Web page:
Video

Video Rice Farmers Frustrated As Drought Grips Thailand

A severe drought in Thailand is limiting the growing season of the country’s important rice crop. Farmers are blaming the government for not doing more to protect a key export. Steve Sandford reports from Chiang Mai, Thailand.
Video

Video 'From This Day Forward' Reveals Difficult Journey of Transgender Parent

In her documentary, "From This Day Forward", filmmaker Sharon Shattuck reveals the personal journey of her transgender father, as he told his family that he always felt he was a woman inside and decided to live as one. VOA’s Penelope Poulou has more.
Video

Video Floodwaters Threaten Iconic American Home

The Farnsworth House in the Midwest State of Illinois is one of the most iconic homes in America. Thousands of tourists visit the site every year. Its location near a river inspired the design of the house, but, as VOA’s Kane Farabaugh reports, that very location is now threatening the existence of this National Historic Landmark.
Video

Video Olympics Construction Scars Sacred Korean Mountain

Environmentalists in South Korea are protesting a Winter Olympics construction project to build a ski slope through a 500-year-old protected forest. Brian Padden reports that although there is strong national support for hosting the 2018 Pyeongchang Winter Olympics, there are growing public concerns over the costs and possible ecological damage at the revered mountain.
Video

Video Xenophobia Victims in South Africa Flee Violence, Then Return

Many Malawians fled South Africa early this year after xenophobic attacks on African immigrants. But many quickly found life was no better at home and have returned to South Africa – often illegally and without jobs, and facing the tough task of having to start over. Lameck Masina and Anita Powell file from Johannesburg.
Video

Video Family of American Marine Calls for Release From Iranian Prison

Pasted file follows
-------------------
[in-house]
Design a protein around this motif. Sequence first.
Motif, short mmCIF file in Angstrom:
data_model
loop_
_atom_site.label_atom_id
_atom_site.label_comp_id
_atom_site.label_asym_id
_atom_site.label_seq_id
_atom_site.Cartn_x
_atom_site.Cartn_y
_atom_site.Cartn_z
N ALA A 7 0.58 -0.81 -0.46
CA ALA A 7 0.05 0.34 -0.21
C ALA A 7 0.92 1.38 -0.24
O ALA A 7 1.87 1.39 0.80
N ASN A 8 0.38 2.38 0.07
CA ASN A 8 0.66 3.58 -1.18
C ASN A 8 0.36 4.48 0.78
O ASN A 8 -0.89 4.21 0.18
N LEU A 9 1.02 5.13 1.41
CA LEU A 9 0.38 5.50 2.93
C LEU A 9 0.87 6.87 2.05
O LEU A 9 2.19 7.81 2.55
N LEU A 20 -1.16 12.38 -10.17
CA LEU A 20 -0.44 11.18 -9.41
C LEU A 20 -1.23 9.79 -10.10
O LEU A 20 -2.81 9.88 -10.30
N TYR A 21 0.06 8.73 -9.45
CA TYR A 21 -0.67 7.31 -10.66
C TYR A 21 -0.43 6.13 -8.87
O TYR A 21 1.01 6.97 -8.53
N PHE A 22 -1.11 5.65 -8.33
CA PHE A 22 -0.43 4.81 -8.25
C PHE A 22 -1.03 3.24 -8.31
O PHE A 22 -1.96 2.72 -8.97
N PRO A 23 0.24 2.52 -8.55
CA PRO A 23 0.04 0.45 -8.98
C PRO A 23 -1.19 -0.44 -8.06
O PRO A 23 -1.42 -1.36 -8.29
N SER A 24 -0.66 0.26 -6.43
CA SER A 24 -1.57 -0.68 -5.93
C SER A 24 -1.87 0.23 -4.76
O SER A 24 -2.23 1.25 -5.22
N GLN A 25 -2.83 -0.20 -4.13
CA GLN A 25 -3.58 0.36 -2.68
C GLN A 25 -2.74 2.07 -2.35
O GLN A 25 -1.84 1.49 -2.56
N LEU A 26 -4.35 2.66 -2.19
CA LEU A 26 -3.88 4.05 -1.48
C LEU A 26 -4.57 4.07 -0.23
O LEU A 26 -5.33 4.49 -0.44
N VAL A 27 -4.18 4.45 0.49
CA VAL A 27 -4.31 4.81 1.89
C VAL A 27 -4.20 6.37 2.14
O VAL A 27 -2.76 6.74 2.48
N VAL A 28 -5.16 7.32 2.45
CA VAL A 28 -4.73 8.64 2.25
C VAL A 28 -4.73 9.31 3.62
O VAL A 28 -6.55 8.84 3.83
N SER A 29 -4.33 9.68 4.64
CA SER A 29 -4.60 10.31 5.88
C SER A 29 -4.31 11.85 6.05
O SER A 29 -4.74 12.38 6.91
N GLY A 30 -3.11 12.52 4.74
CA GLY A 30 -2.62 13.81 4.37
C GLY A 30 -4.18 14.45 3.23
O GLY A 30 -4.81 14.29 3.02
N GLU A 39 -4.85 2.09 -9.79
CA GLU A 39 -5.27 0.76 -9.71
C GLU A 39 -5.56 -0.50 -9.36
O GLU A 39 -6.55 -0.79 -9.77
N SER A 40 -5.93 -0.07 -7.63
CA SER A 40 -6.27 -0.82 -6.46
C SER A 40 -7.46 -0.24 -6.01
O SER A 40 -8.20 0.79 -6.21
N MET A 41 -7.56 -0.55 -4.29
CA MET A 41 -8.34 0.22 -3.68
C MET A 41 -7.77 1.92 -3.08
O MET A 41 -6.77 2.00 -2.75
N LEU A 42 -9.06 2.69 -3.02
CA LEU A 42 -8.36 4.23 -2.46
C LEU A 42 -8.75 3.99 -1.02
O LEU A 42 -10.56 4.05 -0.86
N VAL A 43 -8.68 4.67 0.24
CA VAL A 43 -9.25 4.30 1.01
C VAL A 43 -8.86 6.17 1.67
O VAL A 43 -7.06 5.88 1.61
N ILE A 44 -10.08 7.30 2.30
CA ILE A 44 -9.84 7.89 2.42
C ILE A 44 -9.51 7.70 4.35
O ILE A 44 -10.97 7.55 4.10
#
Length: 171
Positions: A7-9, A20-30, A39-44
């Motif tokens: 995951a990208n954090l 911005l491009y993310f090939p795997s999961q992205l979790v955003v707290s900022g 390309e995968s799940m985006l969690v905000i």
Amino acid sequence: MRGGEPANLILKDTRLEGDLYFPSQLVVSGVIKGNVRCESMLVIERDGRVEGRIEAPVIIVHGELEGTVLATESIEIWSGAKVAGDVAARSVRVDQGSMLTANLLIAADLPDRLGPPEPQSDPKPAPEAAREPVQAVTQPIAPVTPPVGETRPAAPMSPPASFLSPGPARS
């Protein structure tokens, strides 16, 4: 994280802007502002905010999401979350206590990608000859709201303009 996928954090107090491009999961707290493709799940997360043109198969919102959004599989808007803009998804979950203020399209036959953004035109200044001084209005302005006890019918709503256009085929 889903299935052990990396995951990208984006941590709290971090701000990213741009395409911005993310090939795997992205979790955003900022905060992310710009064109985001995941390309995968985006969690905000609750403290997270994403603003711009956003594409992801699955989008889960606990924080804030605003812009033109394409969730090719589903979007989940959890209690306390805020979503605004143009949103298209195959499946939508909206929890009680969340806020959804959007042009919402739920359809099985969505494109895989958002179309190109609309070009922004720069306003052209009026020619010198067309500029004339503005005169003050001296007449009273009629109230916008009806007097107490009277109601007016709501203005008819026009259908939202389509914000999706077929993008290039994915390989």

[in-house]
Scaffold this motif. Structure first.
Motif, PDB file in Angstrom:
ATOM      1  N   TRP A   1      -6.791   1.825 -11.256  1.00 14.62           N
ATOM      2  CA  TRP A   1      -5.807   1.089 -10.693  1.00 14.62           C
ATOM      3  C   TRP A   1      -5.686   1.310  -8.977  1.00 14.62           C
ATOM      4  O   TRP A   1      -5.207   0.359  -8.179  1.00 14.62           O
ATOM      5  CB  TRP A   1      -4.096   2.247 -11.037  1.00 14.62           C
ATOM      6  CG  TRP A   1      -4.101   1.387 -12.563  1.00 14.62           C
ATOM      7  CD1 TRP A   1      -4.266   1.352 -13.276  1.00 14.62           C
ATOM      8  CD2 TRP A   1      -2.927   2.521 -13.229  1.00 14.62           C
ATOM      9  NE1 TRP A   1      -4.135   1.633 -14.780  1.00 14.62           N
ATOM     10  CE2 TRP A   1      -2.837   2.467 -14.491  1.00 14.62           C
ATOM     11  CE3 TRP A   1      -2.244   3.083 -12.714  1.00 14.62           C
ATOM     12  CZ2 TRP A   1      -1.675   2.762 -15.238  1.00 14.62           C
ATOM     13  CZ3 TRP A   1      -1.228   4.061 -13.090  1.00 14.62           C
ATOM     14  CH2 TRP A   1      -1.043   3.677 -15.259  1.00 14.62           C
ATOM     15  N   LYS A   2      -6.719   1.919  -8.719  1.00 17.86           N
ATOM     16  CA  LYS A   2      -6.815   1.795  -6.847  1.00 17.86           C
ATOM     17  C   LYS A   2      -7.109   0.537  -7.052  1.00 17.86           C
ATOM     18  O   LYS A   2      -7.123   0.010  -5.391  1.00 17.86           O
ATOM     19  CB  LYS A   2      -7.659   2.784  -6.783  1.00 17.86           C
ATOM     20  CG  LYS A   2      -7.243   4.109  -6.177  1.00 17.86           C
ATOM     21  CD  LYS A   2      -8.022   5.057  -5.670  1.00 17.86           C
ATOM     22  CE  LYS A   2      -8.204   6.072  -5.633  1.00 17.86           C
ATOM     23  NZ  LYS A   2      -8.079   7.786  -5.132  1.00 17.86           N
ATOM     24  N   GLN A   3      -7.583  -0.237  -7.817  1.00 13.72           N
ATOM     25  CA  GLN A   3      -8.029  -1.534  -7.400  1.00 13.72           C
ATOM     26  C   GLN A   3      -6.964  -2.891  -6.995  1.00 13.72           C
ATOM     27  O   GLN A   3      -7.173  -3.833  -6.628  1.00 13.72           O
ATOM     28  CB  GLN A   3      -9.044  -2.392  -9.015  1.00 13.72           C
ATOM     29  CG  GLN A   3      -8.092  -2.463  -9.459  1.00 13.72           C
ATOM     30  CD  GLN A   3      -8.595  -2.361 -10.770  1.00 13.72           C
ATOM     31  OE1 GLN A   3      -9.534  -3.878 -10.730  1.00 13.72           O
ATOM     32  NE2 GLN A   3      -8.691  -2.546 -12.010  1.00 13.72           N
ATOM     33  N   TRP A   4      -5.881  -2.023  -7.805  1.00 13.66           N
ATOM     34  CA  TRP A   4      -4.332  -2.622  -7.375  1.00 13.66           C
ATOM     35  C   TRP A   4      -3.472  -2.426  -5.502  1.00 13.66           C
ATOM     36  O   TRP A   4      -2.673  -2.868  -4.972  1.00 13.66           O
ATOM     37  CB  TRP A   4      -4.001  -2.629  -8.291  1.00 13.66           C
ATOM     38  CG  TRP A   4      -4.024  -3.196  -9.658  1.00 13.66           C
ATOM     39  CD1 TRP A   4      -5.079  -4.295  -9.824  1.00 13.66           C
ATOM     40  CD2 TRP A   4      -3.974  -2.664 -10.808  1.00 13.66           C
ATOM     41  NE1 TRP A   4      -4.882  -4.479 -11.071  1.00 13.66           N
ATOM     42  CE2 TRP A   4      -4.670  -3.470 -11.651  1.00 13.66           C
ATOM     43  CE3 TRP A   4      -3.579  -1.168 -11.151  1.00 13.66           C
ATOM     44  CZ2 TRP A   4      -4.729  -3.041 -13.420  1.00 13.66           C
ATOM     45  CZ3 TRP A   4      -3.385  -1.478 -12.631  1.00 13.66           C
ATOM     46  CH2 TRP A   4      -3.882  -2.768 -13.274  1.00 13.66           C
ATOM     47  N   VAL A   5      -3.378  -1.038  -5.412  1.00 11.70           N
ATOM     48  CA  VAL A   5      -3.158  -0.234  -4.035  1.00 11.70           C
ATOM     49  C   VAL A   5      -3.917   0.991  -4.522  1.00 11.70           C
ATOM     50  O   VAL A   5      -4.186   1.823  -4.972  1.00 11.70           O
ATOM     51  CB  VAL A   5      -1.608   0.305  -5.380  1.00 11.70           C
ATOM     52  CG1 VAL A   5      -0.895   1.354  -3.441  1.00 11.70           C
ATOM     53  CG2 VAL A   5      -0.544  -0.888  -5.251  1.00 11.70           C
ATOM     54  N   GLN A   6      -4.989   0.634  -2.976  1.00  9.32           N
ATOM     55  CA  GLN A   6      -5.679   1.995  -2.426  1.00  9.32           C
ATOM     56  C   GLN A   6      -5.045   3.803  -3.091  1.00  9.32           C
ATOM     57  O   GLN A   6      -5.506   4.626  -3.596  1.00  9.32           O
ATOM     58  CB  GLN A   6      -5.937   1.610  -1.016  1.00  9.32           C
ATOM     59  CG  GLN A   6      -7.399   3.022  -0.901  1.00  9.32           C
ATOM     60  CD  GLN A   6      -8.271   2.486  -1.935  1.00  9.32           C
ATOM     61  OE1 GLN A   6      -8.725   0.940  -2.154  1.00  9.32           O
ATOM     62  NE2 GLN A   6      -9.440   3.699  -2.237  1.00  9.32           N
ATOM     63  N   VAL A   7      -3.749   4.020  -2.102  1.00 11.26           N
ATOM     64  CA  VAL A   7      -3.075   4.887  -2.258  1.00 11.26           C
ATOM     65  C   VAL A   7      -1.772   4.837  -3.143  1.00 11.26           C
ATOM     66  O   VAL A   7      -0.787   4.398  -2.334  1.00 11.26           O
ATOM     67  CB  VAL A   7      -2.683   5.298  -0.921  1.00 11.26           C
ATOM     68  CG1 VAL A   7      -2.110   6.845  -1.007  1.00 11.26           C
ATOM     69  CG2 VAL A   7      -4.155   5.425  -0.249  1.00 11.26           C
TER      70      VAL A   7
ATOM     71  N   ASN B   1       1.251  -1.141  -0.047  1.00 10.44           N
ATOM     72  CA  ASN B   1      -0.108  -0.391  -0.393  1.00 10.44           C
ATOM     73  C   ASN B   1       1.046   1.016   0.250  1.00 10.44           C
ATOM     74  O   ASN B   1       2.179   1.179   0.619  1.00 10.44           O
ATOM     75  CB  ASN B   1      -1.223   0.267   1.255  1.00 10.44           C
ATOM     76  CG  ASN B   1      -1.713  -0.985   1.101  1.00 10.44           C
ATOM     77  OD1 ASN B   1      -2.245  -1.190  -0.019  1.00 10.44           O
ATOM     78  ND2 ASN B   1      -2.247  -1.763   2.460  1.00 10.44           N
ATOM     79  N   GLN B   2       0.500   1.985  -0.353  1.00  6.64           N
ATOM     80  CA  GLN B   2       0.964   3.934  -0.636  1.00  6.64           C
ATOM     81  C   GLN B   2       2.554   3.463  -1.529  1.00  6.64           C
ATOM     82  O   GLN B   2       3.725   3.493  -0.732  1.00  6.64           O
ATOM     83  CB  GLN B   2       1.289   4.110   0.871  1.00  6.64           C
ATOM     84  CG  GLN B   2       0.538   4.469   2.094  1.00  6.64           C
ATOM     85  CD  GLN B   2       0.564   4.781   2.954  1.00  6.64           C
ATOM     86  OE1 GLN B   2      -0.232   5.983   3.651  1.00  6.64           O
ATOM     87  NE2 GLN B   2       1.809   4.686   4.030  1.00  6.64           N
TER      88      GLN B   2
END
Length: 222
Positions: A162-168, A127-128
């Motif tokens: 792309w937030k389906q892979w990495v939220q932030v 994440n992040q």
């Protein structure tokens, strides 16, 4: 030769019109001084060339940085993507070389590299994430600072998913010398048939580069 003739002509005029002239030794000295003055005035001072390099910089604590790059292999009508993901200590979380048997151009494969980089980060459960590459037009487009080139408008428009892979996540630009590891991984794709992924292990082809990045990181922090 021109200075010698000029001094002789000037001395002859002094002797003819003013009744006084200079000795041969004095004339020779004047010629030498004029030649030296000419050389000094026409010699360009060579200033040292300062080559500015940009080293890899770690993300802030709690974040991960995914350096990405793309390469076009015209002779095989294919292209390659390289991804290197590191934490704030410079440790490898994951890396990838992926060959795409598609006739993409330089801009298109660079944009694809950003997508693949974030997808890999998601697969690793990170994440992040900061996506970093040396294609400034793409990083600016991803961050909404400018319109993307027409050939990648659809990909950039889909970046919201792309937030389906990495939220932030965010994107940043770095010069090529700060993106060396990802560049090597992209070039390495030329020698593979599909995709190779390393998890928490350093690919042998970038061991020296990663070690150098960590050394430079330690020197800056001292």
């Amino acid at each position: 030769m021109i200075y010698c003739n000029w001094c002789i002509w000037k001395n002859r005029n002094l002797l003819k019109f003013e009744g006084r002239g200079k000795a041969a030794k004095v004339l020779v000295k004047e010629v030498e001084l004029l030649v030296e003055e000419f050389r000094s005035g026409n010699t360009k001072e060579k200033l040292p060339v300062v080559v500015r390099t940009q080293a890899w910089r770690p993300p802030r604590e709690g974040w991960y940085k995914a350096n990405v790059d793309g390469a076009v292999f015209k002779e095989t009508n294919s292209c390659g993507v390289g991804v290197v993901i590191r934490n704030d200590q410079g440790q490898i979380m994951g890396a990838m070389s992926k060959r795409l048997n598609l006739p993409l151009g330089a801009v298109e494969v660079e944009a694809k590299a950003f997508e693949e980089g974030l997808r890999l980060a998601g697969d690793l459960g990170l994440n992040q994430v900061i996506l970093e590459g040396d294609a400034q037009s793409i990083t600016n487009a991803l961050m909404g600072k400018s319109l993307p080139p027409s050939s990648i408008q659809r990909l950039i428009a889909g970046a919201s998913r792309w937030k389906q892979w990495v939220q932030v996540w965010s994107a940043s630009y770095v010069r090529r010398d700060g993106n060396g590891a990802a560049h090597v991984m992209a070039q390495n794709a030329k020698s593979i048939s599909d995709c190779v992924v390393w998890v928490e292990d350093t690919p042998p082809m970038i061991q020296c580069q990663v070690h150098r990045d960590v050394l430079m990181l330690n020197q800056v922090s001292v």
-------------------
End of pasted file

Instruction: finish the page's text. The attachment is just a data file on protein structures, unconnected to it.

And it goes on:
As the crowd of journalists covering the Iran talks swells, so too do the opportunities for media coverage.  Hoping to catch the attention of high-level diplomats, the family of American-Iranian marine Amir Hekmati is in Vienna, pleading for his release from an Iranian prison after nearly 4 years.  VOA’s Heather Murdock reports from Vienna.
Video

Video UK Holds Terror Drill as MPs Mull Tunisia Response

After pledging a tough response to last Friday’s terror attack in Tunisia, which came just days before the 10th anniversary of the bomb attacks on London’s transport network, British security services are shifting their focus to overseas counter-terror operations. VOA's Henry Ridgwell has more.
Video

Video Obama on Cuba: This is What Change Looks Like

President Barack Obama says the United States will soon reopen its embassy in Cuba for the first time since 1961, ending a half-century of isolation. VOA White House correspondent Luis Ramirez reports.
Video

Video Hate Groups Spread Influence Via Internet

Hate groups of various kinds are using the Internet for propaganda and recruitment, and a Jewish human rights organization that monitors these groups, the Simon Wiesenthal Center, says their influence is growing. The messages are different, but the calls to hatred or violence are similar. VOA's Mike O’Sullivan reports.
Video

Video Blind Somali Journalist Defies Odds in Mogadishu

Despite improving security in the last few years, Somalia remains one of the most dangerous countries to be a journalist – even more so for someone who cannot see. Abdulaziz Billow has the story of journalist Abdifatah Hassan Kalgacal, who has been reporting from the Somali capital for the last decade despite being blind.
Video

Video Rabbi Hits Road to Heal Jewish-Muslim Relations in France

France is on high alert after last week's terrorist attack near the city Lyon, just six months after deadly Paris shootings. The attack have added new tensions to relations between French Jews and Muslims. France’s Jewish and Muslim communities also share a common heritage, though, and as far as one French rabbi is concerned, they are destined to be friends. From the Paris suburb of La Courneuve, Lisa Bryant reports about Rabbi Michel Serfaty and his friendship bus.

VOA Blogs